Happy to Help, Happy to Be Here
The island of St Barths is still very much in rebuilding mode in the aftermath of the devastation wreaked last year by two successive brutal hurricanes. That the history of the St Barths Bucket regatta continues unbroken with this year's regatta welcoming 26 superyachts including three J Class yachts, Velsheda, Topaz and Svea is a testament to the drive and hard work of many local individuals and organisations. The financial income the regatta generates for island businesses is believed to run to tens of millions of Euros, but never has that income been more welcome as the island fights to recover.
Peter Craig, long time Principal Race Officer for 'The Bucket' welcomes the J Class owners and crews back again this year. The Js will have two windward-leeward races Thursday and class starts for Friday, Saturday and Sunday's island passage races.
Peter Craig recalls "We all saw the photos and video news and were shocked to see the unprecedented damage. And so to see them get the island back today six months from when Irma hit is fantastic. We at The Bucket have developed great relationships here over the years, so we were in touch in the immediate aftermath and very pleased to say that the Bucket stewards allowed us to jump straight in and help where we could. We stepped in with a donation, which we would normally have made after this year's regatta and helped where we could. For example, they did not have enough chain saws to clear the roads and they were out of tarpaulins, so we were able to help just a bit. It may be just a small way but it was meaningful and when it was most needed."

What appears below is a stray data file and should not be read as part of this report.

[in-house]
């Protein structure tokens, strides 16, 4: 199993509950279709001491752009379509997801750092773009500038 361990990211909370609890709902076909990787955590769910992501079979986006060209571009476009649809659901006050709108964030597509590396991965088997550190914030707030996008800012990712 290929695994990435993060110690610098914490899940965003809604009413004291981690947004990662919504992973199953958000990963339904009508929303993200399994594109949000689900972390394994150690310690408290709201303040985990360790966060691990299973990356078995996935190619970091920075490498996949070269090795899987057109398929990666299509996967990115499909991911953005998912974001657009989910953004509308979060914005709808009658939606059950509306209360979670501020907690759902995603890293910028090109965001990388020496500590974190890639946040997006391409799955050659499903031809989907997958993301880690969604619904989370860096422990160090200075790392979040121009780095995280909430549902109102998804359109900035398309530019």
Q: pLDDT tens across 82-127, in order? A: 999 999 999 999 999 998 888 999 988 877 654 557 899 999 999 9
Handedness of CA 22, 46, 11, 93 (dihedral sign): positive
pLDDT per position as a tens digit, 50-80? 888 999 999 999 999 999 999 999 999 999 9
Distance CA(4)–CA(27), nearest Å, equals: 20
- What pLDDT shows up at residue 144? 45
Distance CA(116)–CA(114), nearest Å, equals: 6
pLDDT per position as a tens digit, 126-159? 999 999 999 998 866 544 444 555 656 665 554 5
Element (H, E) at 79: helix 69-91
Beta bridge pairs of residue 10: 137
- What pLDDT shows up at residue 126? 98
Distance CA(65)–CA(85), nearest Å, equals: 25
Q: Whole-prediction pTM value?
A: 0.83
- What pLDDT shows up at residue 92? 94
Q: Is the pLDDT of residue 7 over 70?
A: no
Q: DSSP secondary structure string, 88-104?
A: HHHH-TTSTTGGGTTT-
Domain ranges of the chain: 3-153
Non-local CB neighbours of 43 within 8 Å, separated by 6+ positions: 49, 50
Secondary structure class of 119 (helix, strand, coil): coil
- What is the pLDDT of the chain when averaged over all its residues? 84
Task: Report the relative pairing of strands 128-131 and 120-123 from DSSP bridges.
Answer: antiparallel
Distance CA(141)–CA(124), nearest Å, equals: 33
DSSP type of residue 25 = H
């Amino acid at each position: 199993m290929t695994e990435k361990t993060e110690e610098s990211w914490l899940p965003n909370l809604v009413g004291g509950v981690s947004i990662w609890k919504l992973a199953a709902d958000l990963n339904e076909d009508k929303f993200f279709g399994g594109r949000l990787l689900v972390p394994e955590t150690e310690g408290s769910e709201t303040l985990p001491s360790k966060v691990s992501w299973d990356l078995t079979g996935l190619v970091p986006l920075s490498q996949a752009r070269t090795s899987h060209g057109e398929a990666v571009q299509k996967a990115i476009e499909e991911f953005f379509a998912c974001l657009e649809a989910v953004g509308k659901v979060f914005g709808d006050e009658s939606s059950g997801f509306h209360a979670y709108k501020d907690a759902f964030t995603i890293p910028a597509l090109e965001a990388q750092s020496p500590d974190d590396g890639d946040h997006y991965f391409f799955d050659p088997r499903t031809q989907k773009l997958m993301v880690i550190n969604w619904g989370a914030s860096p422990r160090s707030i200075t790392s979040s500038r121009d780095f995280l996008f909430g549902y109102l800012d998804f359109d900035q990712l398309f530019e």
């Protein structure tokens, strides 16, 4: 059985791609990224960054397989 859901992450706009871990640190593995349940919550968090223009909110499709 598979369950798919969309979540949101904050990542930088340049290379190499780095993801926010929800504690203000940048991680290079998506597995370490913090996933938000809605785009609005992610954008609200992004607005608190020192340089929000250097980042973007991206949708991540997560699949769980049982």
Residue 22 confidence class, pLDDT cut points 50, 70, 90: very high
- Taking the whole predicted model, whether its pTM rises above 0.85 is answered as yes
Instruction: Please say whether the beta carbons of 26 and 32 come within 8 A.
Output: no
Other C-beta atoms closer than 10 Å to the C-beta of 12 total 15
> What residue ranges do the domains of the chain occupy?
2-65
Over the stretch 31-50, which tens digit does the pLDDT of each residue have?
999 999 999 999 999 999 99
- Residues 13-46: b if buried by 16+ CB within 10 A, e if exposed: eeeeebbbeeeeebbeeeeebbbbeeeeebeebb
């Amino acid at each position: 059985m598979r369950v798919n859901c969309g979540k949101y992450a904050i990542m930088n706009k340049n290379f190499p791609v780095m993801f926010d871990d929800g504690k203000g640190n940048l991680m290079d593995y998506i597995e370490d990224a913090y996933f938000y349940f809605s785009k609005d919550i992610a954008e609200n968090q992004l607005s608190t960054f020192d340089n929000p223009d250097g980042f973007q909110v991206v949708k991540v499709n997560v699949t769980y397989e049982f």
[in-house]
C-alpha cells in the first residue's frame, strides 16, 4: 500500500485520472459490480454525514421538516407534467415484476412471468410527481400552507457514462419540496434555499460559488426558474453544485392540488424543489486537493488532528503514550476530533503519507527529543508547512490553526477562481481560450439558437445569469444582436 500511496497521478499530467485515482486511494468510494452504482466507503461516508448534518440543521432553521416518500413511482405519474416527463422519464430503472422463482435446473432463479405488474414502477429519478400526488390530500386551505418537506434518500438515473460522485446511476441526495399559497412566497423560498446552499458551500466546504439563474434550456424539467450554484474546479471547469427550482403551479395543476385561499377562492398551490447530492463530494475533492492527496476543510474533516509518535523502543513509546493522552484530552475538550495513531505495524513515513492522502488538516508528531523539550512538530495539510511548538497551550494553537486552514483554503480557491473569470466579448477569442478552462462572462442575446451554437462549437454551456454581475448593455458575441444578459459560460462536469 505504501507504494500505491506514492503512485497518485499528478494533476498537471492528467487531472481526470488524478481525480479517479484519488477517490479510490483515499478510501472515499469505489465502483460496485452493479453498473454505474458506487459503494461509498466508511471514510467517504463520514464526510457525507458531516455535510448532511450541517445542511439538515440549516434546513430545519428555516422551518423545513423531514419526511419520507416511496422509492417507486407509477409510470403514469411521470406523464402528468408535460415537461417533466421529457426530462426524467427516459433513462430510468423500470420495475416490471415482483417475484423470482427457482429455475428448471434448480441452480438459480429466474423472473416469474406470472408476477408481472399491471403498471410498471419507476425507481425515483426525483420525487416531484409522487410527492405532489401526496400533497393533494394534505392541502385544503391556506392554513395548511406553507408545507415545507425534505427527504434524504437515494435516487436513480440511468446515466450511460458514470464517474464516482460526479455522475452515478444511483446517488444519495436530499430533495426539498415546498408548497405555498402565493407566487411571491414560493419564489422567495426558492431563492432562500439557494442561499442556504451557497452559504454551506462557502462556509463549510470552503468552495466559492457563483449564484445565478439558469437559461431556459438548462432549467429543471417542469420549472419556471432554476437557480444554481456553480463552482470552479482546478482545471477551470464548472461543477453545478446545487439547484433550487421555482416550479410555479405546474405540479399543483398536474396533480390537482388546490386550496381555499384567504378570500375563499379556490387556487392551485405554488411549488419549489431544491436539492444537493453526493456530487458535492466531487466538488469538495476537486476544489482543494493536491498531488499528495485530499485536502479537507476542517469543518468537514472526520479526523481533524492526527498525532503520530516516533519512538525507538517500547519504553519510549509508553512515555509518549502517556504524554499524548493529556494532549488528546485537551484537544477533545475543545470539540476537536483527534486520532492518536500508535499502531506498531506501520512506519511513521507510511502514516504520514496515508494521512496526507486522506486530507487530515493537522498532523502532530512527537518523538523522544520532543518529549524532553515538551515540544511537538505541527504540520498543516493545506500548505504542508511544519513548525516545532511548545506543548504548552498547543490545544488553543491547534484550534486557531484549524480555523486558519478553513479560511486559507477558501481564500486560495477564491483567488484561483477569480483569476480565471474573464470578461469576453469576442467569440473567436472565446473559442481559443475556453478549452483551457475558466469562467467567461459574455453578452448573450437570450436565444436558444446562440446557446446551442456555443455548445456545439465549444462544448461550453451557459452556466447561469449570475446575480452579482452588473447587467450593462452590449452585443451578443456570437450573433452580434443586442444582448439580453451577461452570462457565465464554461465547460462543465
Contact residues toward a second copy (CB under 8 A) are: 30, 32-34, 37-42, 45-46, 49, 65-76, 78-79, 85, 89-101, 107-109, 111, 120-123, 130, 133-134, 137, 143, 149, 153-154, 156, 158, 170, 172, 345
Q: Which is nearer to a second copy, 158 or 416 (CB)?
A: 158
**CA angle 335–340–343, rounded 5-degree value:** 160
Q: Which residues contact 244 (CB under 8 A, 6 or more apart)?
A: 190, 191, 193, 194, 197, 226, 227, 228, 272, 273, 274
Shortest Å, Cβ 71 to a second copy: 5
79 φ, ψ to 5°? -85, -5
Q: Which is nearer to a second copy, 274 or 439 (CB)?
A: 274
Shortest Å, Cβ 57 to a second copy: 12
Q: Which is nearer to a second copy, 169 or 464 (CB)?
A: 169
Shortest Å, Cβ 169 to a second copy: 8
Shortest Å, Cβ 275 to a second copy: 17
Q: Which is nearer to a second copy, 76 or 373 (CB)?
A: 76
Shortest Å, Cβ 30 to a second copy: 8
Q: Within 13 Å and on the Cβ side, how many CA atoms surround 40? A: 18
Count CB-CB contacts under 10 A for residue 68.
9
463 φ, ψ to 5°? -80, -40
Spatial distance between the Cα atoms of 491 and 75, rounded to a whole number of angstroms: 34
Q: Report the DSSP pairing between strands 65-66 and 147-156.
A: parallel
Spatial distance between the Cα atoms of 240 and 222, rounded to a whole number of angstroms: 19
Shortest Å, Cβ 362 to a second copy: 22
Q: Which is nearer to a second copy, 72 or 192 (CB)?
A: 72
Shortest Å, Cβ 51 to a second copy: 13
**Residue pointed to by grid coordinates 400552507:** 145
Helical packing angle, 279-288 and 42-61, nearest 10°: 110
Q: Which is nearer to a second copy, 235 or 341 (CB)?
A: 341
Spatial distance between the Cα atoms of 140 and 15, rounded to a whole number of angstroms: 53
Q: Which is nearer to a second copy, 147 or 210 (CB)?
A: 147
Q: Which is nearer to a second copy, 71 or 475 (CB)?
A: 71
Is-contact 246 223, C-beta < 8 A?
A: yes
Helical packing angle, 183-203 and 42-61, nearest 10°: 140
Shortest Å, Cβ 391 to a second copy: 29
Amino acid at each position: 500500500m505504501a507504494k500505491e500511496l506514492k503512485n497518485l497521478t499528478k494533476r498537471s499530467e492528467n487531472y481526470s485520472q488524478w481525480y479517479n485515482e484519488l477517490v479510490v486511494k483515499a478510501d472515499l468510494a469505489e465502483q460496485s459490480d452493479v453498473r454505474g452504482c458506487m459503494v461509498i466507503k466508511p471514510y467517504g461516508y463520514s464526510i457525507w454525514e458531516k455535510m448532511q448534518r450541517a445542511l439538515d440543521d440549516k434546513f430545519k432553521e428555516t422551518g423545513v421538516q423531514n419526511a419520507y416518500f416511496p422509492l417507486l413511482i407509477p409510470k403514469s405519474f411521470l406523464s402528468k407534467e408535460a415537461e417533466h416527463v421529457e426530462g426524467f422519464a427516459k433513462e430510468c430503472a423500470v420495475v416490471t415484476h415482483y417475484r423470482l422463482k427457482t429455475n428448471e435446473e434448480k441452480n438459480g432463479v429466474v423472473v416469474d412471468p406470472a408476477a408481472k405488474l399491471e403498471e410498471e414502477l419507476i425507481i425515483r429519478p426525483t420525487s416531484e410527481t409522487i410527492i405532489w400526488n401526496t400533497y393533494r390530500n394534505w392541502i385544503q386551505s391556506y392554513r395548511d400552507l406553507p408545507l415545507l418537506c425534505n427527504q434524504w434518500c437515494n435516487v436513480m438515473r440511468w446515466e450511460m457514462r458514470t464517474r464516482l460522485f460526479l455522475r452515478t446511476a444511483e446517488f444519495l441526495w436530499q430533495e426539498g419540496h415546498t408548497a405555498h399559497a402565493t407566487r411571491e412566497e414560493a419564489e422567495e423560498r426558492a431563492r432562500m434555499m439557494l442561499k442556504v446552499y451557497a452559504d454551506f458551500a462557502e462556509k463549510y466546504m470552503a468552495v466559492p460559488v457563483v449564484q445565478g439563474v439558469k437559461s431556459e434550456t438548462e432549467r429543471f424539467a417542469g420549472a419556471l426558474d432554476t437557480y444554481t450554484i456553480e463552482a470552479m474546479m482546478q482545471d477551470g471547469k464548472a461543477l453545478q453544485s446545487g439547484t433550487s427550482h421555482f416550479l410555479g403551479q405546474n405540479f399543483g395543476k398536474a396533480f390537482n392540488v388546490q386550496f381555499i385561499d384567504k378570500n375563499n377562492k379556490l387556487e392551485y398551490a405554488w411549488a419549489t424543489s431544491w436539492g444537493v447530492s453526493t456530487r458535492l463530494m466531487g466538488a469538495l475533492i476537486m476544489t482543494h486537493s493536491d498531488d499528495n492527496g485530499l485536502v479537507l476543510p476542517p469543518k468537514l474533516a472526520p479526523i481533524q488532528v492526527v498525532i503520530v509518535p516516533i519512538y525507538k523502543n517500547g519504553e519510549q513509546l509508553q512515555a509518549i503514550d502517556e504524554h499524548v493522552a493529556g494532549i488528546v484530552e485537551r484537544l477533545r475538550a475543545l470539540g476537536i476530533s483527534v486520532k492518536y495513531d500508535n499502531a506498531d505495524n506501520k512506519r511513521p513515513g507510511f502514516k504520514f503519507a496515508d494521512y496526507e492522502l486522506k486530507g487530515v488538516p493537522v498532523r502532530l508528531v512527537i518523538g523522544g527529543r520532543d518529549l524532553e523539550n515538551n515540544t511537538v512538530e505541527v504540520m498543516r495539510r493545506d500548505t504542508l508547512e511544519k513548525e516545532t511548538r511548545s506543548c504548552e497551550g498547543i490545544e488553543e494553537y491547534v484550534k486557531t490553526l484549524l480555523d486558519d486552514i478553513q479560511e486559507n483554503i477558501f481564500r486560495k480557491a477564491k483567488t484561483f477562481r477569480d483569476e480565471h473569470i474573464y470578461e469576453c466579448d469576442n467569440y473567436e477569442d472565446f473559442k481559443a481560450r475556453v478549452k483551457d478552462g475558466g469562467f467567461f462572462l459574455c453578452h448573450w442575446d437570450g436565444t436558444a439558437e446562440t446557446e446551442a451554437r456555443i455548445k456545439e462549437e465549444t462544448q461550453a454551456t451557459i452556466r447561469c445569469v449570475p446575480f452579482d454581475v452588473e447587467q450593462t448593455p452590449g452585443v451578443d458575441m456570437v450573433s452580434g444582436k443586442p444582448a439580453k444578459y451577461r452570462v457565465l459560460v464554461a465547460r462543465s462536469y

There was a point, of course, where it was uncertain that there would be a regatta at all this year.
This year there is a sale of the regatta posters which cost €80 each and the proceeds are going to good causes.
"We are hoping to have another five, maybe six or eight thousand euros which we can donate after the regatta." Craig adds.
"The thing about The Bucket is it is about non profit, nothing about it is about making money. The single most important goal is to strive for the enjoyment of the owners and their guests. This is the payback to the yacht owners."
"We need to tip our hat to the Bucket Stewards – the owners of this event. In the immediate aftermath of the storms, the question was asked if there would be a regatta – at that stage there was no knowledge of how things would look in two months let alone six months. The Stewards decided we would go forward and announce we would run the regatta anyway, even if that meant for only five or six boats. Fortunately we have 26 boats which is down a little. But that is what we expected. There are a number of boats that did not come across the Atlantic this year and some have not come down from the States."
But it is known that many owners and crews are here to support the island as much as to come and enjoy their racing.
Many of the boat captains have said on behalf of their owners, "listen this island has been great for us. We know the best way we can support the island is to be at the Bucket in March."
And the return of the showcase J Class to the regatta is most welcome.
"The stewards made the decision a few years ago to offer racing under the RRS with class starts and a day of windward-leewards for the J Class. That comes with some additional cost and effort to the regatta but we are happy to do it."